The loudest cheer of the day came shortly after the lunch break. Several members of Australia’s support staff, led by batting coach Justin Langer, crowded a couple of laptop computers, listening in rapt attention to commentary streamed over the internet.
Even as Simon Katich and Shane Watson provided a stable backdrop out in the middle, each scoring hundreds and grinding out the Board President’s XI attack at the Sector 16 Stadium, the Aussie contingent was absorbed in football action back home. The AFL Grand Final, which ended in a tie, with Collingwood and St Kilda scoring 68 apiece, was the high point of excitement on a day when the Australians ticked all the boxes they could, reaching 319 for one.
In the room next to the Aussie group, however, five men gathered would hardly have had much to cheer about. The national selection committee was represented in full, itself a rare occurrence in Indian cricket. Given that the team for the forthcoming two-Test series has already been picked, there was little motivation for the bowlers, and this seemed to have an impact on how things went. The selectors, who have long-term plans in mind, especially next year’s World Cup, would not have liked what they saw.
Sreesanth, mounting yet another comeback, threatened to show signs of form, but was not consistent enough, spraying the ball both sides of the wicket.
Bowling in four spells, each less threatening than the previous, Sreesanth struggled for rhythm, and, given his recent run with injury, you couldn’t help wonder if he was saving himself for the Test series ahead. Umesh Yadav, who looked so impressive in the nets, bowled a heavy ball once more, but a lack of purpose and a less-than-fresh wicket ensured he was easily negated.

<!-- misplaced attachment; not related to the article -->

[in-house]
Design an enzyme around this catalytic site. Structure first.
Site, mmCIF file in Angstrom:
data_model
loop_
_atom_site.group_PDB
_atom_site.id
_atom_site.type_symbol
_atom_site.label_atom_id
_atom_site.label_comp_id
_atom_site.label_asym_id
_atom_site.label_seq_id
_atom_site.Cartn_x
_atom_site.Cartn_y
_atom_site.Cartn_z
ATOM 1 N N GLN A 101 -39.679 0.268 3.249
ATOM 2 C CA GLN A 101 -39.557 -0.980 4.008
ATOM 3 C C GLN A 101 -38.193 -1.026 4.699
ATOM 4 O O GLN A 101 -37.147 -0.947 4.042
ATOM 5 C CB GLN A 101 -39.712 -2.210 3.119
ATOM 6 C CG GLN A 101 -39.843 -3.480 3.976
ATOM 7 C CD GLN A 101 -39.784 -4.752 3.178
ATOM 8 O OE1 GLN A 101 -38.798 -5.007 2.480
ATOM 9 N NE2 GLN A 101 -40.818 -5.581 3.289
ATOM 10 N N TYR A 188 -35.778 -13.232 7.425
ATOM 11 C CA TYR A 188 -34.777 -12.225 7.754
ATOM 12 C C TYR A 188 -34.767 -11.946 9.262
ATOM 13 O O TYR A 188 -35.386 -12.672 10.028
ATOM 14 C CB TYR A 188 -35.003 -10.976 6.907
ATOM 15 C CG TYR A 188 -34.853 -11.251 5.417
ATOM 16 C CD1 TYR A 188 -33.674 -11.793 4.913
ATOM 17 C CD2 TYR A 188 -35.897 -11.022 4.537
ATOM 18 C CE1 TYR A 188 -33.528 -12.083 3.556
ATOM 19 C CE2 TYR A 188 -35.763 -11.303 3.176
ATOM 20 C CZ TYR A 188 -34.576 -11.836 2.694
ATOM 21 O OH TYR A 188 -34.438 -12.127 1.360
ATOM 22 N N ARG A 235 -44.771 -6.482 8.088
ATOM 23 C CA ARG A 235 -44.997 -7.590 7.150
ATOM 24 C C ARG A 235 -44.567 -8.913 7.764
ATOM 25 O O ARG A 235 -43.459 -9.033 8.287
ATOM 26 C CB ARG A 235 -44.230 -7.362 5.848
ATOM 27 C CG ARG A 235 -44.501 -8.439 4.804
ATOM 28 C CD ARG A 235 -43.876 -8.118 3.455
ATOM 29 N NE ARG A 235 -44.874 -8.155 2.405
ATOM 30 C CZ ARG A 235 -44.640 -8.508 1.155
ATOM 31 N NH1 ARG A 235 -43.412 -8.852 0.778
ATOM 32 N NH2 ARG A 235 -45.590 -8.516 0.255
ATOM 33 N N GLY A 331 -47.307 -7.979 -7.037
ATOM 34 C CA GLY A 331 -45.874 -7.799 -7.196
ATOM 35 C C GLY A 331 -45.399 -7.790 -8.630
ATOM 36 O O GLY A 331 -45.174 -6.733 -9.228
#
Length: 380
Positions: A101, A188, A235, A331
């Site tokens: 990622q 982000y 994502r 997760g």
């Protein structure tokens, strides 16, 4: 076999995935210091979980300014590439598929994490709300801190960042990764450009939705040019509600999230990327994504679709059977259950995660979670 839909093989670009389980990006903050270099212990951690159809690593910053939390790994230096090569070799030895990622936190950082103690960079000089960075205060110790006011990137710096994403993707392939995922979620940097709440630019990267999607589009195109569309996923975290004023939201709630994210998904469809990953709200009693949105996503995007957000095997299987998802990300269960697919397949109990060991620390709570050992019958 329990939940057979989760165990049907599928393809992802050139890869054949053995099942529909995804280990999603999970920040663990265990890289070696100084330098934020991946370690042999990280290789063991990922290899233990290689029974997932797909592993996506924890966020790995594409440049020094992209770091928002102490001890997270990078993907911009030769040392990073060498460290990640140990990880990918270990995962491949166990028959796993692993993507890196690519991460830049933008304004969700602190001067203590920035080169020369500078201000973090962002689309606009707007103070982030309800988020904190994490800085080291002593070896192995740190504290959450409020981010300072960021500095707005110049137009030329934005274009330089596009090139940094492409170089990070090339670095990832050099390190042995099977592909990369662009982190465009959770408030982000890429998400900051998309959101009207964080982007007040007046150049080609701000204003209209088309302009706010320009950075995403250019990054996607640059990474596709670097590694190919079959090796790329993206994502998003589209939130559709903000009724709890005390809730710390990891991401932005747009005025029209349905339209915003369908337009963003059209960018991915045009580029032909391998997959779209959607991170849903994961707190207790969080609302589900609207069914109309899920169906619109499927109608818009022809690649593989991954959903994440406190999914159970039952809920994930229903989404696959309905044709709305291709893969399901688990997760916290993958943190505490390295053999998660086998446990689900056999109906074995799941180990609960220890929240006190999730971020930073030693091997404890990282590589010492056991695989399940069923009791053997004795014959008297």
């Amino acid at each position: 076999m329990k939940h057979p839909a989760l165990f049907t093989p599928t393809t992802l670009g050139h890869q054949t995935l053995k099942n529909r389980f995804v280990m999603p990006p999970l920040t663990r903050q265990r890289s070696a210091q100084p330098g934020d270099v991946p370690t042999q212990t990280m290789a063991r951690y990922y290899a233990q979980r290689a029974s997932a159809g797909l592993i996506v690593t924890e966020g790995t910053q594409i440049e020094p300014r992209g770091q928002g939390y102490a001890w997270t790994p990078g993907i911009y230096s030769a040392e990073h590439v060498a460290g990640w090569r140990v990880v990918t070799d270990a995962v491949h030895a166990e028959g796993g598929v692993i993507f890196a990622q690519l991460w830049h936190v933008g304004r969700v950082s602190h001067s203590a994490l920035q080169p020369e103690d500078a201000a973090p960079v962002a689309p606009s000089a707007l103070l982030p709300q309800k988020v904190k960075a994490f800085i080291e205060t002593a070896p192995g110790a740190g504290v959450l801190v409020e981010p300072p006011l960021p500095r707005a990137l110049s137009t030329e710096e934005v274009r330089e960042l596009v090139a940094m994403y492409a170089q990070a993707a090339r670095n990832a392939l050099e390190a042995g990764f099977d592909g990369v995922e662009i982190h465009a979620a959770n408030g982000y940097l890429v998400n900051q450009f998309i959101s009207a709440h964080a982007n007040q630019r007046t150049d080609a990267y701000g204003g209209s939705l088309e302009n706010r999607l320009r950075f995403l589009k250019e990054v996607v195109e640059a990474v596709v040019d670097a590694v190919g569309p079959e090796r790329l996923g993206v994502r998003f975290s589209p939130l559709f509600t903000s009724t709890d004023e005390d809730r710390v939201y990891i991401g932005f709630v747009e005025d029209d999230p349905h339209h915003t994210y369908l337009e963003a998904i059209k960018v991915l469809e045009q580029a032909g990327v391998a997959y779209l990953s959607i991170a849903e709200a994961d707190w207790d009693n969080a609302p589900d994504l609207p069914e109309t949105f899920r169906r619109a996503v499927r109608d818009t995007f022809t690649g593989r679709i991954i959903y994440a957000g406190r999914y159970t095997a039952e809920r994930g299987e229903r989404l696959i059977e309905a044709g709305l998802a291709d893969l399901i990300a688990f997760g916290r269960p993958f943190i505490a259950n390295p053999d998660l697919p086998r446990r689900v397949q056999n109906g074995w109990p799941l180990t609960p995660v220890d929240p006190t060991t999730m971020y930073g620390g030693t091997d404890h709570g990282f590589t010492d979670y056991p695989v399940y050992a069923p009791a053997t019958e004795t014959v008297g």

Eighteen-year-old Jaidev Unadkat was the one bowling bright spot on the day, consistently shaping the ball in to the right-handed batsmen. But the youngster, playing his maiden first-class match on home soil, still has a long way to go before he can be considered a genuine prospect for the India colours.
As pace gave way to spin, starting in the 19th over, when Piyush Chawla was introduced, things only got easier for Katich and Watson. Comfortable at the crease throughout his two-session stay, Katich brought up his 51st first-class hundred before retiring out to give his teammates a chance. Watson went past three figures soon after, and proceeded to donate his wicket to Chawla at 115 amidst a flurry of strokes that clearly indicated he’d had enough.
The final piece of the Board President’s XI bowling design, left-arm spinner Pragyan Ojha, was used in such a defensive role that rarely was the Australian batsmen put to test.
The Australians walked off the field after their first day on this crucial tour perfectly content, for everything went as planned. The Indians, however, will be worried about how they’re going to pick up 20 wickets when the Tests come around.